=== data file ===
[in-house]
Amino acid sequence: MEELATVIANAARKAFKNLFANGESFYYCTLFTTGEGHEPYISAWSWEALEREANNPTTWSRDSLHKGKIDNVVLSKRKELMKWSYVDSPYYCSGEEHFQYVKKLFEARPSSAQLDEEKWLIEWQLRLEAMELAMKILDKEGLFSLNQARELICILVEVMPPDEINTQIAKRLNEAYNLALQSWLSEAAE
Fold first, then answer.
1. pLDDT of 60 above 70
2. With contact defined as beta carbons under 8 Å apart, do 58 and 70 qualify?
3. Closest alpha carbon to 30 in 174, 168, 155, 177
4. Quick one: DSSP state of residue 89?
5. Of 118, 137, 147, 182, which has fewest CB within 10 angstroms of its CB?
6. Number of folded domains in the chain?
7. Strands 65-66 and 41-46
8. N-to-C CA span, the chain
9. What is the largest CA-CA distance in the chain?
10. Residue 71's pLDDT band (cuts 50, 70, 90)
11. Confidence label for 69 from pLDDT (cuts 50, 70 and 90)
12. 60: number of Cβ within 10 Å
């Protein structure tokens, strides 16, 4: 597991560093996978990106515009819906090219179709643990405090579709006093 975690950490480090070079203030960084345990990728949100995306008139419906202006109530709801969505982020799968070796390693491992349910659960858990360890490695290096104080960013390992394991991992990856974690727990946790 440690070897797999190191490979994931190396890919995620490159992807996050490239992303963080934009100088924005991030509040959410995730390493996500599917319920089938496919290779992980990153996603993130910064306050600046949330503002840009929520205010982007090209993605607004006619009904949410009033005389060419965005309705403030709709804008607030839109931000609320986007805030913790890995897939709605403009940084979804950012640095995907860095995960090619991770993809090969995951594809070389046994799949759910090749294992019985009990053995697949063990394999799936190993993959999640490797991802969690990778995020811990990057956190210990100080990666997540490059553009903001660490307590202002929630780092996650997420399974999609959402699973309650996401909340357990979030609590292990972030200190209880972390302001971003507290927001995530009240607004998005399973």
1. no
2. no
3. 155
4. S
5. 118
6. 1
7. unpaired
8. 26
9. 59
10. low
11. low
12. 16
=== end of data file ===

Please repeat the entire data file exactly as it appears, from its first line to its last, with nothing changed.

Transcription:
[in-house]
Amino acid sequence: MEELATVIANAARKAFKNLFANGESFYYCTLFTTGEGHEPYISAWSWEALEREANNPTTWSRDSLHKGKIDNVVLSKRKELMKWSYVDSPYYCSGEEHFQYVKKLFEARPSSAQLDEEKWLIEWQLRLEAMELAMKILDKEGLFSLNQARELICILVEVMPPDEINTQIAKRLNEAYNLALQSWLSEAAE
Fold first, then answer.
1. pLDDT of 60 above 70
2. With contact defined as beta carbons under 8 Å apart, do 58 and 70 qualify?
3. Closest alpha carbon to 30 in 174, 168, 155, 177
4. Quick one: DSSP state of residue 89?
5. Of 118, 137, 147, 182, which has fewest CB within 10 angstroms of its CB?
6. Number of folded domains in the chain?
7. Strands 65-66 and 41-46
8. N-to-C CA span, the chain
9. What is the largest CA-CA distance in the chain?
10. Residue 71's pLDDT band (cuts 50, 70, 90)
11. Confidence label for 69 from pLDDT (cuts 50, 70 and 90)
12. 60: number of Cβ within 10 Å
């Protein structure tokens, strides 16, 4: 597991560093996978990106515009819906090219179709643990405090579709006093 975690950490480090070079203030960084345990990728949100995306008139419906202006109530709801969505982020799968070796390693491992349910659960858990360890490695290096104080960013390992394991991992990856974690727990946790 440690070897797999190191490979994931190396890919995620490159992807996050490239992303963080934009100088924005991030509040959410995730390493996500599917319920089938496919290779992980990153996603993130910064306050600046949330503002840009929520205010982007090209993605607004006619009904949410009033005389060419965005309705403030709709804008607030839109931000609320986007805030913790890995897939709605403009940084979804950012640095995907860095995960090619991770993809090969995951594809070389046994799949759910090749294992019985009990053995697949063990394999799936190993993959999640490797991802969690990778995020811990990057956190210990100080990666997540490059553009903001660490307590202002929630780092996650997420399974999609959402699973309650996401909340357990979030609590292990972030200190209880972390302001971003507290927001995530009240607004998005399973």
1. no
2. no
3. 155
4. S
5. 118
6. 1
7. unpaired
8. 26
9. 59
10. low
11. low
12. 16